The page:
The renin-angiotensin agents are very important in both chronic heart failure
and in acute management of high blood pressure.
We know that these agents reduce morbidity and mortality in heart failure.
They reduce aldosterone secretion and water retention
and they also reduce total peripheral resistance
or vascular resistance through its antihypertensive effects.
I've listed here all of the ACE inhibitors. And here are all of the ARBs.
Now the angiotensin receptor blockers have been in studies shown to be non-inferior to ACE inhibitors.
You'll generally find on the wards that cardiologist favor ACE inhibitors
and the ARBs are favored by everyone else.
I don't think there's really a right answer in ACE versus ARB.
The direct renin inhibitors such as aliskiren,
are relatively new medications that are not currently recommended in the treatment of heart failure.
Let's move on to the beta blockers.
Remember that in heart failure we only use beta blockers once the patient has been stabilized.
Beta-blockers may actually be harmful in acute heart failure
because it may suppress cardiac function.
Beta blockers work by two major ways. First of all, they reduce heart rate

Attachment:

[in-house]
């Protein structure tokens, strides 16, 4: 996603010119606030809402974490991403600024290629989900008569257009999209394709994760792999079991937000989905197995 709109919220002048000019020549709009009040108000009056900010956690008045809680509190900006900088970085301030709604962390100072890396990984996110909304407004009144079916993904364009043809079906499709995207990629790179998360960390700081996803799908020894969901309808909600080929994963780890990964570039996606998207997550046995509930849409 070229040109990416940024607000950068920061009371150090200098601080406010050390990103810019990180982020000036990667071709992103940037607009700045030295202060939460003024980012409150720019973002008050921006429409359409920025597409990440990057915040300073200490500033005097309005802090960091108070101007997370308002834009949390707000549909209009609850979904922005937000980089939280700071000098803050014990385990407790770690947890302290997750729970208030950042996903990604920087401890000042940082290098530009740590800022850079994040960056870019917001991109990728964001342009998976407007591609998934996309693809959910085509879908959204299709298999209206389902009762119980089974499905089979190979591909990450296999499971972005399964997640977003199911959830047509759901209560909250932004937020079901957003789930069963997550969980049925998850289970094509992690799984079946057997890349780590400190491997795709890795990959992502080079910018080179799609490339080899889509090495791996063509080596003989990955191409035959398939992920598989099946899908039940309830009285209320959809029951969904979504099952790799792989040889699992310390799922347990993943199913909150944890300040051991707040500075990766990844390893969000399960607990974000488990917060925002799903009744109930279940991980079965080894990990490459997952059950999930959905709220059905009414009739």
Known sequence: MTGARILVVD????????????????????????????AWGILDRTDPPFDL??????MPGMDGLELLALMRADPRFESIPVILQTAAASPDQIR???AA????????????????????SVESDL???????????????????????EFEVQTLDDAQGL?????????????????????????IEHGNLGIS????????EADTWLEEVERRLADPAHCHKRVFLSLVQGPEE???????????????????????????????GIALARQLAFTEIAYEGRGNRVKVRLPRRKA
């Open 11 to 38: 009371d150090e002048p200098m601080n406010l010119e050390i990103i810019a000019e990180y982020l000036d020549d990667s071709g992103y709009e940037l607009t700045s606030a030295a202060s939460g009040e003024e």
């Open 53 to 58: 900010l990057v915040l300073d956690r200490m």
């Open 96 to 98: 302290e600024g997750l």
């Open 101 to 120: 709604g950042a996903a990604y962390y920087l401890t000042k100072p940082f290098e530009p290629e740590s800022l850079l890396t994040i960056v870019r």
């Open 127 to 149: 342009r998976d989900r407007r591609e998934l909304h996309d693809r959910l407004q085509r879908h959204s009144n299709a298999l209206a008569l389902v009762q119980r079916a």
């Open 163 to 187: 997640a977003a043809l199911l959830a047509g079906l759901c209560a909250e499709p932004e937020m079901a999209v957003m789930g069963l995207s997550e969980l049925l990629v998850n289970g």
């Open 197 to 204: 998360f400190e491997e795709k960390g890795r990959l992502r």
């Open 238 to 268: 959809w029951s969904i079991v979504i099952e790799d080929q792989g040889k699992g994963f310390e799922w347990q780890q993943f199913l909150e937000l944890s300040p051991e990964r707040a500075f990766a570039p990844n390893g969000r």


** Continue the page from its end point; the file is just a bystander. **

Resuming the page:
and increase the stroke volume.
That's because when you reduce heart rate the heart has more time to fill
and as it has more time to fill, each stroke will become more efficient and powerful.
It also reduces overall mortality and progression of chronic heart failure.
Carvedilol is the favorite beta blocker in heart failure.
Major studies have shown reduction of morbidity and mortality.
Carvedilol has all alpha, beta, and beta 2 effects,
so it's a very effective agent and it's very well-tolerated in heart failure.
Nebivolol is a newer beta blocker that has just come recently to the United States and Canada
and has been in Europe for several years. It has actions on nitric oxide.
At this point in time, it's relatively investigational in the US and Canada,
but there's a lot of experience in Europe which shows that it does quite well.